For Paul, the Holiday season is a chance to reflect on the pathway from the past to the present.
Wilmington NC – [Click the LISTEN button to hear Paul's commentary.]
Christmas -- that exquisitely bittersweet time of the year. And, amidst all the hubbub and happiness, I'll wager that many of you, in the quietness of a morning walk or a lonesome car ride, are visited by ghosts of Christmas past. I know I am.
For as I scan back over the years, Christmas is one of those sure and regular markers. Yes, a case of where I was. But, more importantly, who I was.
So many years ago, a boy on the East Side of Cleveland, singing Christmas carols -- in Slovak, mind you -- in a church and world I thought would never change. To be a saint, that was all this boy wanted to be. Yet, also a boy with a sense that there was more outside this comfortable ethnic and religious enclave that was all he knew.
It changed quickly. Off to college, the first of my family to do so, and then returning home for those Christmases to a strange place that was suddenly so alien.
In not too many years, a Navy officer standing on the bridge of a destroyer, defending his country in the warm waters off the coast of Cuba, then an officer ducking below an arch of swords as he was married in a Florida Navy town whose name escapes me, in a church not the one into which I was born and swore my eternal allegiance.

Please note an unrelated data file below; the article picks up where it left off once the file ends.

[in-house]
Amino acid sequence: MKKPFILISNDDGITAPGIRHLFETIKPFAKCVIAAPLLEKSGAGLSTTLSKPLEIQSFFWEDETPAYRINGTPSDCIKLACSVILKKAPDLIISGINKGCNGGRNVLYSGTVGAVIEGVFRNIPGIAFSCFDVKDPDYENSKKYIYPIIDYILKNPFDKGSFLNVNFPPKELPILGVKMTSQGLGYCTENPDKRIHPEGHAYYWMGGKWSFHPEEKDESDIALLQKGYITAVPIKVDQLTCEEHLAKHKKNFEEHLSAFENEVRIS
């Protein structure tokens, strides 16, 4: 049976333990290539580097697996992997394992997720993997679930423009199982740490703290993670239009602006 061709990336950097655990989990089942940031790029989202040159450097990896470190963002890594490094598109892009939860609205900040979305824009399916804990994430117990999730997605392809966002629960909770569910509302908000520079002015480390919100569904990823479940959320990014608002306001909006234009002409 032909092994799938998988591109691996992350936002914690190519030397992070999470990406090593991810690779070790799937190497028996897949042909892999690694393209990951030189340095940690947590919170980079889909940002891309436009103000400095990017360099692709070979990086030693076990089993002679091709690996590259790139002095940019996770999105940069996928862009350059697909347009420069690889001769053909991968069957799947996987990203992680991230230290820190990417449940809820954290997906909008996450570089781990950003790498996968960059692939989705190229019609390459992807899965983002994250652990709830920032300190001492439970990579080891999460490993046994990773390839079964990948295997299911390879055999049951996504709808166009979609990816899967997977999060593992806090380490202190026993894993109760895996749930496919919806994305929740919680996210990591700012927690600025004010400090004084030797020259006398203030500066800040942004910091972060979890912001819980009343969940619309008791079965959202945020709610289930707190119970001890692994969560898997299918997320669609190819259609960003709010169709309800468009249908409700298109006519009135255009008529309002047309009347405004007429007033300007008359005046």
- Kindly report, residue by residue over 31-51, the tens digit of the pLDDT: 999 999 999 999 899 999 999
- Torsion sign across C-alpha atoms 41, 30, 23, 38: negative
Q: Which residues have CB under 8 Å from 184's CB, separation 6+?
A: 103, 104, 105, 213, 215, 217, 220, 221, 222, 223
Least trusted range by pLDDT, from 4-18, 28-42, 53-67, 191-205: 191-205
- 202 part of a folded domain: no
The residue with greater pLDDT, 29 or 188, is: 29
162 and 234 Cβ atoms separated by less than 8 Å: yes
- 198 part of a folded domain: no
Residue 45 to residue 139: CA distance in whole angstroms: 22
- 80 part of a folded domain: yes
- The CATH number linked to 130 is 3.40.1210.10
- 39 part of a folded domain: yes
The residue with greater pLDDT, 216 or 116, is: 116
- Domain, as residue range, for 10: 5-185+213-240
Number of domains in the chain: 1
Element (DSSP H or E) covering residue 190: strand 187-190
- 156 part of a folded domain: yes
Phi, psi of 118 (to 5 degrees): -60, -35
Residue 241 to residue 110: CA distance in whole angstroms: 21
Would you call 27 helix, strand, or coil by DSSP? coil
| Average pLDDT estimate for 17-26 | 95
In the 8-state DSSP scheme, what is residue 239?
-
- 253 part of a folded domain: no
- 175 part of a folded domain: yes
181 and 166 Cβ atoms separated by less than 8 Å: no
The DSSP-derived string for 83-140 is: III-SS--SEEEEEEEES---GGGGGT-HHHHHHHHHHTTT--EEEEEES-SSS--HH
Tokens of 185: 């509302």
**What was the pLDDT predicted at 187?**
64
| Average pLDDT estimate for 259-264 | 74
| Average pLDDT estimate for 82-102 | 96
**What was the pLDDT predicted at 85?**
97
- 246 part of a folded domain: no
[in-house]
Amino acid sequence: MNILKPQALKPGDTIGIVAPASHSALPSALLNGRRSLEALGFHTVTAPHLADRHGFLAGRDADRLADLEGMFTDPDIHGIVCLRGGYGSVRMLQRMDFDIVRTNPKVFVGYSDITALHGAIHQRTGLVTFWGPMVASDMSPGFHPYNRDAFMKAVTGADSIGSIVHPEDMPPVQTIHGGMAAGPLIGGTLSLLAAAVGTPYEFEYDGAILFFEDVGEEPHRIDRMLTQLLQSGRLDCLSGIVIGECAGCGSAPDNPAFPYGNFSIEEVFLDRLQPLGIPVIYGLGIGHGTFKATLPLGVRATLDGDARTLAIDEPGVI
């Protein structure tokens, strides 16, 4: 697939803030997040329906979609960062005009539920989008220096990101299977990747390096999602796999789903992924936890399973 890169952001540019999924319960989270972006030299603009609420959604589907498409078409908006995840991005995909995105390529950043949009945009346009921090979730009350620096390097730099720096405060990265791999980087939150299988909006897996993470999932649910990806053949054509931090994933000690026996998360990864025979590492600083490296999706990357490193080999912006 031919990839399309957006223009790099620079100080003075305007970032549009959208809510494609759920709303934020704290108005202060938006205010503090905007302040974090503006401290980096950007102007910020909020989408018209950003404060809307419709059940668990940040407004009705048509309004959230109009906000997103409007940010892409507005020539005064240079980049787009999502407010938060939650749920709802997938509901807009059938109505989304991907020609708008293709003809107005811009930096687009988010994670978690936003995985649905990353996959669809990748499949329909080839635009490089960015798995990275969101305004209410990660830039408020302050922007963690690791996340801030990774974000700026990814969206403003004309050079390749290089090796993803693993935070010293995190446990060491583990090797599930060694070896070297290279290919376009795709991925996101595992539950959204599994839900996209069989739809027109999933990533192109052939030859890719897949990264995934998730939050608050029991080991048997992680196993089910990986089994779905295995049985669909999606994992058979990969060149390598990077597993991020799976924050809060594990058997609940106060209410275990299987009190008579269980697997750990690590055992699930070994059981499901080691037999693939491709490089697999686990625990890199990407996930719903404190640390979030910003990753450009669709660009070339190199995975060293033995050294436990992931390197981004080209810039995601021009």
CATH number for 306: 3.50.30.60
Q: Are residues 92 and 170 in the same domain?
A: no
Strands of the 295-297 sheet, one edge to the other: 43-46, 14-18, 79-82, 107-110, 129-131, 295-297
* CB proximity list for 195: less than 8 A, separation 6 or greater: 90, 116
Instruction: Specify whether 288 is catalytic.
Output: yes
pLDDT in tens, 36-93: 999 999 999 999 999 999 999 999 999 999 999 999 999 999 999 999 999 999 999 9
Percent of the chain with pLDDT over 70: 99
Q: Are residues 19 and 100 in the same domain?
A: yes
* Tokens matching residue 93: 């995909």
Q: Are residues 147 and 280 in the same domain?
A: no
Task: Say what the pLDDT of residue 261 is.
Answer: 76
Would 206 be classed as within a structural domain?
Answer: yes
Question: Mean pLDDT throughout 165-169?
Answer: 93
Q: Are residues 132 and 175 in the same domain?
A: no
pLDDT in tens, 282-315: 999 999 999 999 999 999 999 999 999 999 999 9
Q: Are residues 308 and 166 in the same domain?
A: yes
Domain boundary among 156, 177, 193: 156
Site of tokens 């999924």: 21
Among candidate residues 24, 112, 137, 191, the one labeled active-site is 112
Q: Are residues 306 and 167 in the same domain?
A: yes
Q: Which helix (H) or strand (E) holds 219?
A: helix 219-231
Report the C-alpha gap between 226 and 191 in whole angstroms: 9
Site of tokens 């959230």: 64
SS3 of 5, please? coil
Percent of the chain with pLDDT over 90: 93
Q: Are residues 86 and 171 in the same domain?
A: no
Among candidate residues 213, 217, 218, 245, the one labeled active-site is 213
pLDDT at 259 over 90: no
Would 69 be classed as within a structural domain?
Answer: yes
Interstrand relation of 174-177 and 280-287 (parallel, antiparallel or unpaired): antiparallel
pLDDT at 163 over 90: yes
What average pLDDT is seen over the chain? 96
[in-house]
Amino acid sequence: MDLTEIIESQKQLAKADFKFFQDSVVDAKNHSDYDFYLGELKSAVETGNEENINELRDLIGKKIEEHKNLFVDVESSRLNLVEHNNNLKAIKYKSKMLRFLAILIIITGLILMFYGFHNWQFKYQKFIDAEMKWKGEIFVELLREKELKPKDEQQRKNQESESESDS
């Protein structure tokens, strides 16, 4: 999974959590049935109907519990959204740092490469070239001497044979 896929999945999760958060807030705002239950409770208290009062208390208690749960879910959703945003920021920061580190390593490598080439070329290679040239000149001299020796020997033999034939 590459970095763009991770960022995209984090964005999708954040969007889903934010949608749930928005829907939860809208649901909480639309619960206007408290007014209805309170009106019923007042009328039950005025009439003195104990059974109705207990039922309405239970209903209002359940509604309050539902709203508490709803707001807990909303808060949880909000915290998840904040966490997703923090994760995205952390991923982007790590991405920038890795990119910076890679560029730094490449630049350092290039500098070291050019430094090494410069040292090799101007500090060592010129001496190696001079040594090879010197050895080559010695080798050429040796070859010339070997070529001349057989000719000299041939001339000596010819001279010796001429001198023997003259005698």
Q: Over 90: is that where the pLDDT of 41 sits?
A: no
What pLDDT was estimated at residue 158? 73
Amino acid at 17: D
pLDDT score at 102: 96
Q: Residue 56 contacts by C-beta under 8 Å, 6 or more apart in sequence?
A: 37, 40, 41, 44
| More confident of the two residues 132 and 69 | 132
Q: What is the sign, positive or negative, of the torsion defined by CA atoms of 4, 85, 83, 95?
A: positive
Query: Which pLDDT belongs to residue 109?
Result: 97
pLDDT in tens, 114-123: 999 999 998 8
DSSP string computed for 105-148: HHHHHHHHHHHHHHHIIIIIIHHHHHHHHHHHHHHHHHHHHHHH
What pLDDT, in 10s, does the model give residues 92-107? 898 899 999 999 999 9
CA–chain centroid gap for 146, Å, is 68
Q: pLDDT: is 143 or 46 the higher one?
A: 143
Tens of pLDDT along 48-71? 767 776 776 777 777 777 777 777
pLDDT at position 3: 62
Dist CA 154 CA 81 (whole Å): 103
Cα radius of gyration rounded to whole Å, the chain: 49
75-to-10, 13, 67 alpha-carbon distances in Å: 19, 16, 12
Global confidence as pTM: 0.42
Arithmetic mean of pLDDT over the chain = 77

That marriage. No children at Christmas. No children in fact. But, excellent vacations. A second house to escape to. Having it all. Seemingly.
And then, the Christmas seared into my brain like no other. Sleeping on a dank sofa offered by two young friends. The marriage over. A virtually homeless man, so disoriented, so sad.
The following Christmas was spent trying to be the saint I still had the illusions of being. Living with three other mentally disturbed and homeless men. Trying so hard, but it wasn't working. It was not the mold for which I was made. At all.
Then, a blur of Christmases in New York. The single man. Greenwich Village apartment. Maybe now. Having it all. Seemingly. But he knew the hollowness of it all. The Christmas midnight masses with liquor on his breath and French-cut blazer on his shoulders. The grand -- but achingly lonely -- apartment.
And now, for the past twenty years, my Christmases are no longer a blur, but distinctly chronicled in a series of pictures in my hallway. Our annual Christmas cards. Tracy and I, at first so young and a dot of a first child in a sled. Noah. Daniel comes along and they grow from toddlers to school kids to teenagers, going through so many seasons of changing hormones and hairstyles.
Nothing overtly saintly about those Christmas pictures at all. Portraits of a failed saint, really. But a man with a smile, year after year. The ghosts of Christmas past still haunt me and visit me from time to time. And behind the smiles on those pictures each year are tears, anxiety, mourning. God is distant. God is present.
But it is no longer a case of having it all. Seemingly. Rather, having this. Gratefully.